Today I did some reading on the science behind firewalking.
What is firewalking? Just like it sounds, firewalking means walking barefoot across glowing, red-hot coals. Prior to last week, I thought firewalking was an ancient tribal custom of some sort, no longer practiced except perhaps in geographically and culturally remote places, during religious or spiritual ceremonies. I actually hadn’t given it a lot of thought prior to last Saturday, which is the day I myself walked across glowing red-hot coals.
Subsequent research turned up some interesting bits of history. Various people have postulated that the Leidenfrost Effect prevents firewalkers from getting burned, because moisture on the sole turns to vapor and prevents the skin from contacting the hot coals. This seemed reasonable to me, until I felt hot coals crunching under my feet. I’ll tell you this: I made contact.
Tolly Burkan, who is apparently responsible for introducing firewalking as a modern ritual, tells the story of physicist Jearl Walker, who was so convinced that the Leidenfrost Effect would protect him that he felt it was impossible to get burned on a firewalk: After severely injuring himself on a coalbed, he lost faith in this theory.
Walker initially explained his injury by noting that he had lost his fear, and therefore didn’t perspire sufficiently. My story is different: he believed that he would not be safe, and therefore he immediately became unsafe.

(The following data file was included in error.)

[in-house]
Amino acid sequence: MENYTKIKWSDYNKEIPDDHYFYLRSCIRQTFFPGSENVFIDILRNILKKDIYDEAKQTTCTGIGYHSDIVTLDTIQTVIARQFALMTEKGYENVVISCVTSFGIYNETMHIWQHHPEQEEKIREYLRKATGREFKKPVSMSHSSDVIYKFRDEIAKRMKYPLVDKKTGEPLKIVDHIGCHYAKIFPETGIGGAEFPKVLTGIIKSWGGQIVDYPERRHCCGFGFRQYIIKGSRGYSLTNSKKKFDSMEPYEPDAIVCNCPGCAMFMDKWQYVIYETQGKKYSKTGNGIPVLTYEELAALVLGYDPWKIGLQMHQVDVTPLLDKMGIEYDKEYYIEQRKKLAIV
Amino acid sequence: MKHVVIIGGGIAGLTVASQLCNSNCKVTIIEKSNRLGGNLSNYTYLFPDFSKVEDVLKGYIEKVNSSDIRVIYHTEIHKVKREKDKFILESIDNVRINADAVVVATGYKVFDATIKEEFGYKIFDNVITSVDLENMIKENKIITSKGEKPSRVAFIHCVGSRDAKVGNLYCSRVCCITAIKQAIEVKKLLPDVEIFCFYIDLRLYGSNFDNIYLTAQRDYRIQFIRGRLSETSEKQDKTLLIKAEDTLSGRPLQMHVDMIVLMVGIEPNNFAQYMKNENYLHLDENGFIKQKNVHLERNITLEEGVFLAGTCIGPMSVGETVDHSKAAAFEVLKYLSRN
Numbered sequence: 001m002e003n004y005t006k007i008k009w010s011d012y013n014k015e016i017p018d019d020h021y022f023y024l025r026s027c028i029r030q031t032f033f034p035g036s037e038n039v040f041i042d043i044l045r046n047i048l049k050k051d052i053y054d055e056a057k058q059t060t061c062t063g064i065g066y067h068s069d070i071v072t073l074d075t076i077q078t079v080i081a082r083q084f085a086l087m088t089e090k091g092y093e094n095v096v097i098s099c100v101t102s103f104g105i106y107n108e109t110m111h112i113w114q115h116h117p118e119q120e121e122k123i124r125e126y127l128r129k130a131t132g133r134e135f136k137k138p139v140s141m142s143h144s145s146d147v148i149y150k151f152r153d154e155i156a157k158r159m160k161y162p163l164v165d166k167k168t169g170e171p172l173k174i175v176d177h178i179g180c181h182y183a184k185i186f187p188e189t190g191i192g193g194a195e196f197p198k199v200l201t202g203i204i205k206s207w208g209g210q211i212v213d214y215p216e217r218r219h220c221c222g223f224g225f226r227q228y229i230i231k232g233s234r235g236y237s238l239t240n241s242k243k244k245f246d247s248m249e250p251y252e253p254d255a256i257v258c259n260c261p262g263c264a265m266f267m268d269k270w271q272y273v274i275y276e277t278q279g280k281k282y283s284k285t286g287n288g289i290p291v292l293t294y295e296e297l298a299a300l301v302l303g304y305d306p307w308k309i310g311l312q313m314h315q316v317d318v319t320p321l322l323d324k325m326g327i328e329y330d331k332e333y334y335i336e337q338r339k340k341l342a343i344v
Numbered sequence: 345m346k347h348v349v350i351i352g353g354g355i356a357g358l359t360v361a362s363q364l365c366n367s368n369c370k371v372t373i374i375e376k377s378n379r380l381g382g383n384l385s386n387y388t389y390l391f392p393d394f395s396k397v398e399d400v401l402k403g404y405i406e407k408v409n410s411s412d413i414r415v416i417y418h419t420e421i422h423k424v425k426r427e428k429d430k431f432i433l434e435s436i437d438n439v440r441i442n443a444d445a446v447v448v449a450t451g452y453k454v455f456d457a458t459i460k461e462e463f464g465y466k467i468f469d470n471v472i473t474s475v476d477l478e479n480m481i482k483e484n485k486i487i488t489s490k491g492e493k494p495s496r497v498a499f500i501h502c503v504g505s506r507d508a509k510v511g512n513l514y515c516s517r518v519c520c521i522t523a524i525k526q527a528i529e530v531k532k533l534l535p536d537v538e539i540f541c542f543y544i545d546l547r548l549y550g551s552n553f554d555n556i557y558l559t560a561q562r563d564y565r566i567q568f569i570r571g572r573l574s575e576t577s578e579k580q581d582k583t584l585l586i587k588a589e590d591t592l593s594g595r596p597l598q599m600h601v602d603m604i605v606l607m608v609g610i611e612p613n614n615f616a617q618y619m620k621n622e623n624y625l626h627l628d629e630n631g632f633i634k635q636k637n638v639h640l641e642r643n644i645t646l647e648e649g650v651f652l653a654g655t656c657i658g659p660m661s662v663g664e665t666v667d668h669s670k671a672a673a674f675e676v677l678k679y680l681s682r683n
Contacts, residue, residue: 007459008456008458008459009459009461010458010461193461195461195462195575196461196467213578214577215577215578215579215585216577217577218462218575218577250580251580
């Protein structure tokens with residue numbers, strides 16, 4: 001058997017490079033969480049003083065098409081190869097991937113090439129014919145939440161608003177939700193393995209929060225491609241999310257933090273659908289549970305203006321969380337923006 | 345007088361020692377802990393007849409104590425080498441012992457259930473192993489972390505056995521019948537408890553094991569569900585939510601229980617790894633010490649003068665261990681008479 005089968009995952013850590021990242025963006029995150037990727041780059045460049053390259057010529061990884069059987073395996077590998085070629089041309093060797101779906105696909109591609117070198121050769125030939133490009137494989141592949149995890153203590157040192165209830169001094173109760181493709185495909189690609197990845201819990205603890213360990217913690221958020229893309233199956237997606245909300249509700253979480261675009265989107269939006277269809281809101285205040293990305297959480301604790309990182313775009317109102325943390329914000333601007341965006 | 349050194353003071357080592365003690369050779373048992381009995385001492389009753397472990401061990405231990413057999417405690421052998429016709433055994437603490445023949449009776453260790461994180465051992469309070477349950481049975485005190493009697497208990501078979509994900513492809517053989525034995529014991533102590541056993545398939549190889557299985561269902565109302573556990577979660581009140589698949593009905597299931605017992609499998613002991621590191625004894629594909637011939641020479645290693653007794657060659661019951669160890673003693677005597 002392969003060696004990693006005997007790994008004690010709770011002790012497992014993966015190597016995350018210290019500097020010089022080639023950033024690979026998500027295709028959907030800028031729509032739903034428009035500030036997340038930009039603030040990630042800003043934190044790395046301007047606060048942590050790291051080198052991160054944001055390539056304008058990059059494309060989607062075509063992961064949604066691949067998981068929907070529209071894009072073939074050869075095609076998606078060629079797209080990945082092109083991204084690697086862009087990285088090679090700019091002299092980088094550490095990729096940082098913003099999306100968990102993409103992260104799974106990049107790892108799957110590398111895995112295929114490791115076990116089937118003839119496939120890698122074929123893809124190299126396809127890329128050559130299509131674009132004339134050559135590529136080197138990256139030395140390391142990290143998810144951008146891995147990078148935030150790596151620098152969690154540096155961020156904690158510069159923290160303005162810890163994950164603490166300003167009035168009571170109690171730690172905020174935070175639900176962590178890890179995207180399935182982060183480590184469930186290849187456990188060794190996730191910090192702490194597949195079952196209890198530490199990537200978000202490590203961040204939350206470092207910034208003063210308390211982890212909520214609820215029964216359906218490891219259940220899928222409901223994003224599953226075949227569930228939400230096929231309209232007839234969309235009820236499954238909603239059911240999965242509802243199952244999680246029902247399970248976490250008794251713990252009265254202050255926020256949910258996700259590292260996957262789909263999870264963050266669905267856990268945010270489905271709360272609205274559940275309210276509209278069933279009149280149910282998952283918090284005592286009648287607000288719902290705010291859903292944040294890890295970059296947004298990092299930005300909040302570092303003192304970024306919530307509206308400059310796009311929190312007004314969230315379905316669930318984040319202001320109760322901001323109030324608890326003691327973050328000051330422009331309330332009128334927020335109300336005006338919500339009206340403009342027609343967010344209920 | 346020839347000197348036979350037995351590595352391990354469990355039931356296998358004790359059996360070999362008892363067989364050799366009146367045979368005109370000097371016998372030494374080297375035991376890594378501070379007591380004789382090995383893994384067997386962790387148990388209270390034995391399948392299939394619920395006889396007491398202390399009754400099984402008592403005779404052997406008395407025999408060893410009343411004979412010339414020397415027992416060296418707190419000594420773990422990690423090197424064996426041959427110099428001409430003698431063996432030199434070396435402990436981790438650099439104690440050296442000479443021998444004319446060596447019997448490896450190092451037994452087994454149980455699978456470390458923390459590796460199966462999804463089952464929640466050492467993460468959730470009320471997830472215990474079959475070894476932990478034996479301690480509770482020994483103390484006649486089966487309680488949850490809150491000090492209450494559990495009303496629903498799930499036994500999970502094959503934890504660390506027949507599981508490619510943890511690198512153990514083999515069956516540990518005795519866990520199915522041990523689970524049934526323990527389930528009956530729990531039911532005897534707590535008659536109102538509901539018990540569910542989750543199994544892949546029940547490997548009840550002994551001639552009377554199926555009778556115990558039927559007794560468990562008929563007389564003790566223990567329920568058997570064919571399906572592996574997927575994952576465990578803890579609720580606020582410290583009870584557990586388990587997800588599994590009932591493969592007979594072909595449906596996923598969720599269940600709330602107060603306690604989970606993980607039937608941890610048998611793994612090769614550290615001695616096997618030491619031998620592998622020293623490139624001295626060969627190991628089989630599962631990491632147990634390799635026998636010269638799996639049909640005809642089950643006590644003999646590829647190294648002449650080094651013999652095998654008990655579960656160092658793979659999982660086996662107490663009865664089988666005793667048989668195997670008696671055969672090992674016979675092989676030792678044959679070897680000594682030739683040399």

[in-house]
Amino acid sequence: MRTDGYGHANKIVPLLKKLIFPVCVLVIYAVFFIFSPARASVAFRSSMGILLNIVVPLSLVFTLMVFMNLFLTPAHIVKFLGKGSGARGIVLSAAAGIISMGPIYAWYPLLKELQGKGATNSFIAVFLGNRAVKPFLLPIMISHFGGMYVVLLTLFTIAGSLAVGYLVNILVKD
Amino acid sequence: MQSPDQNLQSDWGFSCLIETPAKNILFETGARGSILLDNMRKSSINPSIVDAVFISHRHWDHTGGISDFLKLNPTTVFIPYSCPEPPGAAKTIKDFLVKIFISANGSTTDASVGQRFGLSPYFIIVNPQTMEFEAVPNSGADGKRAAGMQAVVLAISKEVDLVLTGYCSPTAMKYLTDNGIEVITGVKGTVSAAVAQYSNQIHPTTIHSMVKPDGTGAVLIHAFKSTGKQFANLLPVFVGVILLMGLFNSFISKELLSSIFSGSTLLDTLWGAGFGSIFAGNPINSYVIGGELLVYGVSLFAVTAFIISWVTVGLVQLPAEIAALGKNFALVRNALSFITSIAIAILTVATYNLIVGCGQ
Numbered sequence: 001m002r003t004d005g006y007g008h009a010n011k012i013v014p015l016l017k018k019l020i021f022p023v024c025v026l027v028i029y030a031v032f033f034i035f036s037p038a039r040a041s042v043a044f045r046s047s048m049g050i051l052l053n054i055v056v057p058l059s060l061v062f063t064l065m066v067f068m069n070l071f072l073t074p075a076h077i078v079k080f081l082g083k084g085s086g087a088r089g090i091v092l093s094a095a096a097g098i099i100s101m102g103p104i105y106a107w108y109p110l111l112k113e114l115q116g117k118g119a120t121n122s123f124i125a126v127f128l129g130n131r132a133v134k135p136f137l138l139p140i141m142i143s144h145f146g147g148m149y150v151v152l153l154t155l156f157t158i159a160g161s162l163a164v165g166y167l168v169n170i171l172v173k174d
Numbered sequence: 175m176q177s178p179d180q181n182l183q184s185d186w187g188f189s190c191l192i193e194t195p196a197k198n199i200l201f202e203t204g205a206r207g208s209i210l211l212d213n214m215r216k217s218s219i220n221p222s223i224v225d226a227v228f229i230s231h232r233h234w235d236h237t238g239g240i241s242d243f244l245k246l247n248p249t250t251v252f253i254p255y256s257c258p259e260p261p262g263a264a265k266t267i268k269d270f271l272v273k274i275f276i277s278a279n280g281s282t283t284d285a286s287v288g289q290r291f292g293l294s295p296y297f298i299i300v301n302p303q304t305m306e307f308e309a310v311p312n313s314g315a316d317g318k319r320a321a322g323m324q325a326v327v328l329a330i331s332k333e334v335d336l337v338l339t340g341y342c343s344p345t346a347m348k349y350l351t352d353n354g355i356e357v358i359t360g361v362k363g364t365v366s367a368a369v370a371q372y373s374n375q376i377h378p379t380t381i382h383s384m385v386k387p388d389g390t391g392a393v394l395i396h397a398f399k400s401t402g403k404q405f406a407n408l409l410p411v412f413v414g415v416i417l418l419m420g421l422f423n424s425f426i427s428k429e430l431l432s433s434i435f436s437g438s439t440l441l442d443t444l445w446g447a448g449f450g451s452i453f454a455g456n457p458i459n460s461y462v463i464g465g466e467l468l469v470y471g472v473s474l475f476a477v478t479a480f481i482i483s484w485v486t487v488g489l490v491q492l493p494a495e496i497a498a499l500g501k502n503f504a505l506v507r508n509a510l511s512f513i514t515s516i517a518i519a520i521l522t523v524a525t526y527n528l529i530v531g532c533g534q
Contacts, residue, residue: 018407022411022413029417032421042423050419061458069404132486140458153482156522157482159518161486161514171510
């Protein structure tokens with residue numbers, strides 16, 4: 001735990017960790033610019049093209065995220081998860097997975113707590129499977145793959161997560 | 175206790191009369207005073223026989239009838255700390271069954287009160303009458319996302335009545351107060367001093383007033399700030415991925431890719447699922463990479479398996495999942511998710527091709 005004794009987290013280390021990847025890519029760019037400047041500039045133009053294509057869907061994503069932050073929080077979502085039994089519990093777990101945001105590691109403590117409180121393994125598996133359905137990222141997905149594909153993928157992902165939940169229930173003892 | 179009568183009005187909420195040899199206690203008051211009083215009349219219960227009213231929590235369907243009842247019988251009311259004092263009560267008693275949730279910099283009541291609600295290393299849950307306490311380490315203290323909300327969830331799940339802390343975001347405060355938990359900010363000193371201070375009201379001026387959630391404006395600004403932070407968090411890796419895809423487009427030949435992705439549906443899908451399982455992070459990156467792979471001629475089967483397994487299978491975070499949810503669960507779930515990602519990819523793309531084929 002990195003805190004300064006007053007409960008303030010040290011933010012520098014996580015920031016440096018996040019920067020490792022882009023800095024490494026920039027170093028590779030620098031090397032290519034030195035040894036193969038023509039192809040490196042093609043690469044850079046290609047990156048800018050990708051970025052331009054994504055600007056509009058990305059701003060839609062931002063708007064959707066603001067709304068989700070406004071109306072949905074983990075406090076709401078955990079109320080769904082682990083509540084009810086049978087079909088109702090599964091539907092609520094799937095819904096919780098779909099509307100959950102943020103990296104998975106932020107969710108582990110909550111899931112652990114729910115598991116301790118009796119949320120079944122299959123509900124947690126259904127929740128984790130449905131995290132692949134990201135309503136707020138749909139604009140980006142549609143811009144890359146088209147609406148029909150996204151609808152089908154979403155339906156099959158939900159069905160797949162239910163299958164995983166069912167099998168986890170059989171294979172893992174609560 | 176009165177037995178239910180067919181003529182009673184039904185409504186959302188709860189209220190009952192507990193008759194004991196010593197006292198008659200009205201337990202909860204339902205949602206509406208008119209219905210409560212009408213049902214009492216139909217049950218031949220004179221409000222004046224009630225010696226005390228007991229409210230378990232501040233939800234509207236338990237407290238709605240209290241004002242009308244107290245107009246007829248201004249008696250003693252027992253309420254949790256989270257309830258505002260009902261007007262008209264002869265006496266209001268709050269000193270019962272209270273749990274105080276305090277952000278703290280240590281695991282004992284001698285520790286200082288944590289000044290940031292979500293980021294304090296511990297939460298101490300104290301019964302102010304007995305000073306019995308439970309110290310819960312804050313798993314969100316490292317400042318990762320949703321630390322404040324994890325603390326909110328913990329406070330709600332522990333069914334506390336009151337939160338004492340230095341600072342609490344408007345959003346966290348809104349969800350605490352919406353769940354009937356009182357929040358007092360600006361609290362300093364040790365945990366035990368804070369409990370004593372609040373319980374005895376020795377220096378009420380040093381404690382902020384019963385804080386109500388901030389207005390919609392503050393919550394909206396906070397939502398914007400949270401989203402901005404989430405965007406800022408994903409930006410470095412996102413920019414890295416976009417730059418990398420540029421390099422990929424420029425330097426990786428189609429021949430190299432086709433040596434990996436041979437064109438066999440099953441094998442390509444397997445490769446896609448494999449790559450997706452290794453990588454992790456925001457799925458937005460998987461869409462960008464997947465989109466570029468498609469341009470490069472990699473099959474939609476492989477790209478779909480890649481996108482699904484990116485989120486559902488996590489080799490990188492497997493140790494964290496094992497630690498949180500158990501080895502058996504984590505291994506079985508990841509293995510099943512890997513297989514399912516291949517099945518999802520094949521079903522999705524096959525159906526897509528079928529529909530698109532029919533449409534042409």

Another theory debunked by Burkan is that firewalking is safe because wood coal conducts heat poorly. Physicist Bernard Leikind postulated that although humans can clearly walk across a bed of coals, it would be impossible to walk across a red-hot metal grill. To disprove this claim, several members of Burkan’s group walked barefoot across Leikind’s superheated metal grill, unharmed. Burkan notes, “The grill was so red-hot, the weight of people walking on it bent the softened metal and left impressions of the firewalkers’ feet on the grill.” So even if wood coal does conduct heat poorly, there is clearly something more going on.
What fascinates me most about all this is the lengths people go to to prove that the likeliest explanation is not true. For me, the most likely explanation is that the mind has more control over the body than most people believe (and as Richard Bach said, if you argue for your limitations, you get to keep them!). Skeptics take heart — the fact that this is true may be due to science, but if so it is science we don’t yet understand.
But no matter what explanation you believe, one fact remains: you need to come to terms with your fears before you walk barefoot into a fire.